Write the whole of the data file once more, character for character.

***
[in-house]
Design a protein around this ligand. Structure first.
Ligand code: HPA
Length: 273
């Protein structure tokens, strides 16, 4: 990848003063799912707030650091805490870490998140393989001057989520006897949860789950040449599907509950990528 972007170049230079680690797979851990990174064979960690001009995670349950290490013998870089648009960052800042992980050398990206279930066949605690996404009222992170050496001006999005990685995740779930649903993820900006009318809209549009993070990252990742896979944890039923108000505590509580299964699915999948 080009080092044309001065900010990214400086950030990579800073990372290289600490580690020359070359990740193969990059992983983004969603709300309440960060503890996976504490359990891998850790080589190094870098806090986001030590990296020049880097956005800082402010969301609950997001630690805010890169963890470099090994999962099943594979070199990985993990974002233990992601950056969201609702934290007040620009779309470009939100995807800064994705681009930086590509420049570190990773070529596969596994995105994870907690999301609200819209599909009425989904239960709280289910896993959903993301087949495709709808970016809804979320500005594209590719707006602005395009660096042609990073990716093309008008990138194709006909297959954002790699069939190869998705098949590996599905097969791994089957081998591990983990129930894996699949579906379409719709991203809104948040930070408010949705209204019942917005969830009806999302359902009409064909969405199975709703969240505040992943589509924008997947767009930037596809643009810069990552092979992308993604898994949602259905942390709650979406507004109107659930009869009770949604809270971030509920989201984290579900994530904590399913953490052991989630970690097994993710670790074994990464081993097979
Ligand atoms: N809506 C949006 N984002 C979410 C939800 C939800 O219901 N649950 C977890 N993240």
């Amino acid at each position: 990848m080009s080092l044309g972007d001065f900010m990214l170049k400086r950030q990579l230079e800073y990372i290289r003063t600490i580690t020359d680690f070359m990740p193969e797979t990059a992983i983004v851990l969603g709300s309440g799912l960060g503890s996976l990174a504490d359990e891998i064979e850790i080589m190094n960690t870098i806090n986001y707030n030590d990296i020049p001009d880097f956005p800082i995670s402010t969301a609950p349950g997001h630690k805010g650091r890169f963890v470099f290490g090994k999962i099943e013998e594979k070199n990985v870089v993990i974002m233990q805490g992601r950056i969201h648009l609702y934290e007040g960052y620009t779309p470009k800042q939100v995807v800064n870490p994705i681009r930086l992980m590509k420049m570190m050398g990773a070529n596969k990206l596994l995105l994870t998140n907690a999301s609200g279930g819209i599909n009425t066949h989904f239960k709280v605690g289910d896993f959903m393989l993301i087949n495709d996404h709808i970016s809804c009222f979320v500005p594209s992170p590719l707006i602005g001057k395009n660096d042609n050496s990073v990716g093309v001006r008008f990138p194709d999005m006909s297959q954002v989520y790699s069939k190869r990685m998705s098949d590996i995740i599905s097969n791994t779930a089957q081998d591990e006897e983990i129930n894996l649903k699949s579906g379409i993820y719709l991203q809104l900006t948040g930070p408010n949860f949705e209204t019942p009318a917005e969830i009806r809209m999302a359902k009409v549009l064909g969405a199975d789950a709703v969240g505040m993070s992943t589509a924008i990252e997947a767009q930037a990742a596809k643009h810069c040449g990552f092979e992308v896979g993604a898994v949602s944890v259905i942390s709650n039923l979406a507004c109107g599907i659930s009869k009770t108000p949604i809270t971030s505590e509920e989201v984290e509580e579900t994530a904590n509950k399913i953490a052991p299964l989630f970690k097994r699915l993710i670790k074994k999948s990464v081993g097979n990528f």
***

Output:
[in-house]
Design a protein around this ligand. Structure first.
Ligand code: HPA
Length: 273
């Protein structure tokens, strides 16, 4: 990848003063799912707030650091805490870490998140393989001057989520006897949860789950040449599907509950990528 972007170049230079680690797979851990990174064979960690001009995670349950290490013998870089648009960052800042992980050398990206279930066949605690996404009222992170050496001006999005990685995740779930649903993820900006009318809209549009993070990252990742896979944890039923108000505590509580299964699915999948 080009080092044309001065900010990214400086950030990579800073990372290289600490580690020359070359990740193969990059992983983004969603709300309440960060503890996976504490359990891998850790080589190094870098806090986001030590990296020049880097956005800082402010969301609950997001630690805010890169963890470099090994999962099943594979070199990985993990974002233990992601950056969201609702934290007040620009779309470009939100995807800064994705681009930086590509420049570190990773070529596969596994995105994870907690999301609200819209599909009425989904239960709280289910896993959903993301087949495709709808970016809804979320500005594209590719707006602005395009660096042609990073990716093309008008990138194709006909297959954002790699069939190869998705098949590996599905097969791994089957081998591990983990129930894996699949579906379409719709991203809104948040930070408010949705209204019942917005969830009806999302359902009409064909969405199975709703969240505040992943589509924008997947767009930037596809643009810069990552092979992308993604898994949602259905942390709650979406507004109107659930009869009770949604809270971030509920989201984290579900994530904590399913953490052991989630970690097994993710670790074994990464081993097979
Ligand atoms: N809506 C949006 N984002 C979410 C939800 C939800 O219901 N649950 C977890 N993240």
């Amino acid at each position: 990848m080009s080092l044309g972007d001065f900010m990214l170049k400086r950030q990579l230079e800073y990372i290289r003063t600490i580690t020359d680690f070359m990740p193969e797979t990059a992983i983004v851990l969603g709300s309440g799912l960060g503890s996976l990174a504490d359990e891998i064979e850790i080589m190094n960690t870098i806090n986001y707030n030590d990296i020049p001009d880097f956005p800082i995670s402010t969301a609950p349950g997001h630690k805010g650091r890169f963890v470099f290490g090994k999962i099943e013998e594979k070199n990985v870089v993990i974002m233990q805490g992601r950056i969201h648009l609702y934290e007040g960052y620009t779309p470009k800042q939100v995807v800064n870490p994705i681009r930086l992980m590509k420049m570190m050398g990773a070529n596969k990206l596994l995105l994870t998140n907690a999301s609200g279930g819209i599909n009425t066949h989904f239960k709280v605690g289910d896993f959903m393989l993301i087949n495709d996404h709808i970016s809804c009222f979320v500005p594209s992170p590719l707006i602005g001057k395009n660096d042609n050496s990073v990716g093309v001006r008008f990138p194709d999005m006909s297959q954002v989520y790699s069939k190869r990685m998705s098949d590996i995740i599905s097969n791994t779930a089957q081998d591990e006897e983990i129930n894996l649903k699949s579906g379409i993820y719709l991203q809104l900006t948040g930070p408010n949860f949705e209204t019942p009318a917005e969830i009806r809209m999302a359902k009409v549009l064909g969405a199975d789950a709703v969240g505040m993070s992943t589509a924008i990252e997947a767009q930037a990742a596809k643009h810069c040449g990552f092979e992308v896979g993604a898994v949602s944890v259905i942390s709650n039923l979406a507004c109107g599907i659930s009869k009770t108000p949604i809270t971030s505590e509920e989201v984290e509580e579900t994530a904590n509950k399913i953490a052991p299964l989630f970690k097994r699915l993710i670790k074994k999948s990464v081993g097979n990528f």